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RUNYYFan
03-11-2014, 08:59 PM
During a recent company audit, it was found an employee was using the following password:

MickeyMinniePlutoHueyLouieDeweyDonaldGoofySacramen to

When asked for the reason for such a long password, she rolled her eyes and said, "Hello! It asked for at least eight characters and include one capital."

- - -

<groan>

Although the IT VP in me has to comment that 52 alpha characters set up like that is quite strong.

icehog3
03-11-2014, 09:03 PM
:r

big_jaygee
03-11-2014, 09:04 PM
:r :r :r

thats great :tu

pnoon
03-11-2014, 09:14 PM
During a recent company audit, it was found an employee was using the following password:

MickeyMinniePlutoHueyLouieDeweyDonaldGoofySacramen to

When asked for the reason for such a long password, she rolled her eyes and said, "Hello! It asked for at least eight characters and include one capital."

- - -

<groan>

Although the IT VP in me has to comment that 52 alpha characters set up like that is quite strong.

Not really - since it only contains 2 of the 4 categories of characters. Adding a numeral, special character or both would then make it quite strong.
:2 from another IT professional.

Chainsaw13
03-11-2014, 09:39 PM
I wonder how long a brute force crack would take?

RUNYYFan
03-11-2014, 10:00 PM
Not really - since it only contains 2 of the 4 categories of characters. Adding a numeral, special character or both would then make it quite strong.
:2 from another IT professional.

Fair enough. :) The 53 alpha characters with the upper and lower case could be cracked. I'm just thinking of a login that limits to three attempts and a mandatory reset.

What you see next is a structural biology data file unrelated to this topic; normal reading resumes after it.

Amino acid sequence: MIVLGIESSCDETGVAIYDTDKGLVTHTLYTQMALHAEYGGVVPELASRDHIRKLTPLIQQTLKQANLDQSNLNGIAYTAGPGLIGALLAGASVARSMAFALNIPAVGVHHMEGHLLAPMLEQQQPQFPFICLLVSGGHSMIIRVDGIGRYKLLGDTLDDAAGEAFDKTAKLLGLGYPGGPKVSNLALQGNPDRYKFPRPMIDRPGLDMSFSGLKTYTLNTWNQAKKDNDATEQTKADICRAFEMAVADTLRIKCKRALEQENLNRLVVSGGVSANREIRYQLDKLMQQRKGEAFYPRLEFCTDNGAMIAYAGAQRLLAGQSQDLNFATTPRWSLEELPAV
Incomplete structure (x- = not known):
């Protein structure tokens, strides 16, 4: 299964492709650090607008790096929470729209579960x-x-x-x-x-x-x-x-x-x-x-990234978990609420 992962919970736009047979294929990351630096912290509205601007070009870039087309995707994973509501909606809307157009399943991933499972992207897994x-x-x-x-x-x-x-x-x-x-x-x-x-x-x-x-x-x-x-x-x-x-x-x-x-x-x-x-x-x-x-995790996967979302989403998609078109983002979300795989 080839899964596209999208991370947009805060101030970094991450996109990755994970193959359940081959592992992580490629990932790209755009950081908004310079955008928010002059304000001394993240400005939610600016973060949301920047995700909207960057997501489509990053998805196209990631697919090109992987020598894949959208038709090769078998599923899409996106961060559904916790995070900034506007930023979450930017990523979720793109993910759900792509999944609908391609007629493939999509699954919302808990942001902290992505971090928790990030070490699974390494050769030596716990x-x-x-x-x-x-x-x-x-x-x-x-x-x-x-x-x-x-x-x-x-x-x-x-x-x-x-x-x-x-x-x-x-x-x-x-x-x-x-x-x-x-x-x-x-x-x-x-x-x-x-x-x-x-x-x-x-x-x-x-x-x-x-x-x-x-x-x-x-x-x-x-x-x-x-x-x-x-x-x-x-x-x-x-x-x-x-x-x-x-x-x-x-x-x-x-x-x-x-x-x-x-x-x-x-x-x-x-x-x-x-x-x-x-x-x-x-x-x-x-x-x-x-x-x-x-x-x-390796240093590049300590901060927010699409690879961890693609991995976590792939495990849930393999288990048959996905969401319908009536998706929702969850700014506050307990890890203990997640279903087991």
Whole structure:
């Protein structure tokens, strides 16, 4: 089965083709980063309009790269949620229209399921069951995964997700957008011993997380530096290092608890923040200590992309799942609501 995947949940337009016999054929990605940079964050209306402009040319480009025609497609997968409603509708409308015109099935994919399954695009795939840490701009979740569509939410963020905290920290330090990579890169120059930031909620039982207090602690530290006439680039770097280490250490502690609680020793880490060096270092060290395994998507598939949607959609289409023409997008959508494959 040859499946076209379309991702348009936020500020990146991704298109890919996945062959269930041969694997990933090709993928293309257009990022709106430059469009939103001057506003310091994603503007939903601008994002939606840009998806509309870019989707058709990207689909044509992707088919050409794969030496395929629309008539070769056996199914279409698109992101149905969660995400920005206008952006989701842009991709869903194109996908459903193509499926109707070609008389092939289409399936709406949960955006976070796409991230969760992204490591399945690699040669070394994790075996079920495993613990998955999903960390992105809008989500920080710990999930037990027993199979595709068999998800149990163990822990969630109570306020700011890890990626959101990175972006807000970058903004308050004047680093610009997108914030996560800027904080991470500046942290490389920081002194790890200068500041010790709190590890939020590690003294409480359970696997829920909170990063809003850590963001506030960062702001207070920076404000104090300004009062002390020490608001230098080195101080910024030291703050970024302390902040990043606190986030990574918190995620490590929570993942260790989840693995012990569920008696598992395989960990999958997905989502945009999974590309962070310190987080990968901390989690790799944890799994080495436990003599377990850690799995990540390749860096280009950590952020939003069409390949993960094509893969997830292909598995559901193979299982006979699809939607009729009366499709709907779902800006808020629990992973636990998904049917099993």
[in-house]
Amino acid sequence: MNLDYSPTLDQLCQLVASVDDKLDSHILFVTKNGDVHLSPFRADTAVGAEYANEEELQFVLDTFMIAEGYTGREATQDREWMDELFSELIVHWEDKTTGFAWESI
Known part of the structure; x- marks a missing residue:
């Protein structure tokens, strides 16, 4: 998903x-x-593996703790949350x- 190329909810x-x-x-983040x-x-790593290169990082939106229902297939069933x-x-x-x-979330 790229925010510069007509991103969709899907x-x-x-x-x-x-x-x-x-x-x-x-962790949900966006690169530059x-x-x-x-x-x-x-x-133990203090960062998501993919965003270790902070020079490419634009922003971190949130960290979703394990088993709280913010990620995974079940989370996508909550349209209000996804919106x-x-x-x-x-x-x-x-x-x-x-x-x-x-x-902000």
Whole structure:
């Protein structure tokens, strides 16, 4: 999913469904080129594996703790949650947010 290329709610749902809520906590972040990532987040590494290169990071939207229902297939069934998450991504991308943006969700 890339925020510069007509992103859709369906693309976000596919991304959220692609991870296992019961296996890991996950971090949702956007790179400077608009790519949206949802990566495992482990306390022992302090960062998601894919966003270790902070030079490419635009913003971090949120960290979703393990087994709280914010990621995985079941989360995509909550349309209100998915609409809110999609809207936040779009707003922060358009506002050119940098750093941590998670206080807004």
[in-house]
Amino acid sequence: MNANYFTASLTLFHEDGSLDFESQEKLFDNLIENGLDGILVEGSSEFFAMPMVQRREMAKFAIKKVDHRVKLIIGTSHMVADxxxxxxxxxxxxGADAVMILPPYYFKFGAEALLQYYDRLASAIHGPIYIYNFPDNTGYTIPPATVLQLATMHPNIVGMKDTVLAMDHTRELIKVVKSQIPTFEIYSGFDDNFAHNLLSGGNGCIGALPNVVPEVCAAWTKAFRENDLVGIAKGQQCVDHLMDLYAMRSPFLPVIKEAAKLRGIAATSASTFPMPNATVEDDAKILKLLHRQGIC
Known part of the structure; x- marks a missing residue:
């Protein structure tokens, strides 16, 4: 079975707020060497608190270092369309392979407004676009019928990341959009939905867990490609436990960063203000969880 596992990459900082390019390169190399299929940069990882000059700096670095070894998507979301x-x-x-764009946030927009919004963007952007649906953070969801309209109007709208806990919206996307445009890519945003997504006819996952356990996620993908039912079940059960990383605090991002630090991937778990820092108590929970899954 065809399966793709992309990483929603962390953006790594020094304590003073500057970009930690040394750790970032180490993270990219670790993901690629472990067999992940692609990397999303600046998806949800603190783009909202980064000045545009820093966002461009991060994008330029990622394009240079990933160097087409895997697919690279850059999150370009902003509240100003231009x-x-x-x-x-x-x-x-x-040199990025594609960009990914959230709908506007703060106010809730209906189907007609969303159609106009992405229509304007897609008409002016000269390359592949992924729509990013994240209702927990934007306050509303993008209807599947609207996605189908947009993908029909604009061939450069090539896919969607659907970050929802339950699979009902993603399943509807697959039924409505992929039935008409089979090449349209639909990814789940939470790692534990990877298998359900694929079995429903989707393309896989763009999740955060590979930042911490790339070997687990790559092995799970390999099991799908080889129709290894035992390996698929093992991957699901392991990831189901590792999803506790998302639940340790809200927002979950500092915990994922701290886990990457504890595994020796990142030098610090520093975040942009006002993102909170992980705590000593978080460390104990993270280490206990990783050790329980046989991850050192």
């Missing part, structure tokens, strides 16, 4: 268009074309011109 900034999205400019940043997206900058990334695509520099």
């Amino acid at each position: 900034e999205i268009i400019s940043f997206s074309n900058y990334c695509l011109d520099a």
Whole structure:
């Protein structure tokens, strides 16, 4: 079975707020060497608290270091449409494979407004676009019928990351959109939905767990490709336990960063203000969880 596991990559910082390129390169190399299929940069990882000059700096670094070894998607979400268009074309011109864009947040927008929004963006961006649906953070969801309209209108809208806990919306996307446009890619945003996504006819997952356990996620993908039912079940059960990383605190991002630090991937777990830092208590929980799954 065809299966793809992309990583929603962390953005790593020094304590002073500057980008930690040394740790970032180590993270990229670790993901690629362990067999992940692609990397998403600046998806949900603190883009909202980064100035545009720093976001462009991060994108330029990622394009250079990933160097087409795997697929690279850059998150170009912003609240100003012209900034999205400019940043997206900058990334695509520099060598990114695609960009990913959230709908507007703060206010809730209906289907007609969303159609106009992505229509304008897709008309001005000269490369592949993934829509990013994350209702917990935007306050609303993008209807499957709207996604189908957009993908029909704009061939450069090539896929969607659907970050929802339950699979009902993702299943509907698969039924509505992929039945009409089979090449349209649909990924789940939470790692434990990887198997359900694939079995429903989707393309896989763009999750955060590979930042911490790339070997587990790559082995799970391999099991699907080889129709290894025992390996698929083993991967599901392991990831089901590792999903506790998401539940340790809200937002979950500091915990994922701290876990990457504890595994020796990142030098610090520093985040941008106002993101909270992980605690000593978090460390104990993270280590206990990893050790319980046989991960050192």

I wonder how long a brute force crack would take?

It would be interesting to try it.

hotreds
03-11-2014, 10:01 PM
Yeah, put a comma between the names, and an exclamation point at the end and you have a very strong PW!

markem
03-11-2014, 10:46 PM
I wonder how long a brute force crack would take?

The equation you want is called "Anderson's Formula". Here is an example from an Illinois University exam.

4. (30pts) Given an alphabet size of 400, and an opponent capable of checking 24000 passwords a second.

a. [10 pts] What formula would you use to decide on the required size of the password, to achieve an upper bound p on the probability of a brute force attack being successful within a given time period, and a given password cracking processing rate?

Anderson’s Formula P>=TG/N
P – Probability of guessing a password
T – Time
G – No. of guesses in a time period
N – No. of possible passwords

b. [10 pts] Find out the minimum size of the password for an user, if you want probability of discovery within a year to be less than 20%

400**x = (24000*60*60*24*365)/0.2
Solving for x we get x = 4.83385
Therefore password has to be at least 5 characters long

c. [10pts] What limitations, if any, can you identify for the formula used in part a?

Anderson’s Formula is based on the assumption that passwords are uniformly distributed. In practice passwords are not randomly picked and so not uniformly distributed. Therefore an attacker may first go through most common or weak passwords and crack passwords much faster than estimated by Anderson’s formula.

------------------------------------------

Now, for our purposes, we are only using 52 characters (26 upper and 26 lower case letters) and a password length of (about) 50 characters.

So P is the probability of cracking the password.
T is the amount of time, so let's say 1 year. T=60*60*24*365 = 3.1536 * 10**7.
G is the number of guesses per second. A reasonable number is G=50000.
N is the password space size, which for us is 52**50.

So for P>=TG/N, we have:
P >= (3.1536*10**7)*50000)/(52**50)
P >= (1.5768*10**12) /(52**50)
P >= 2.0*10**(-74) is the probability of cracking this password in 1 year or less.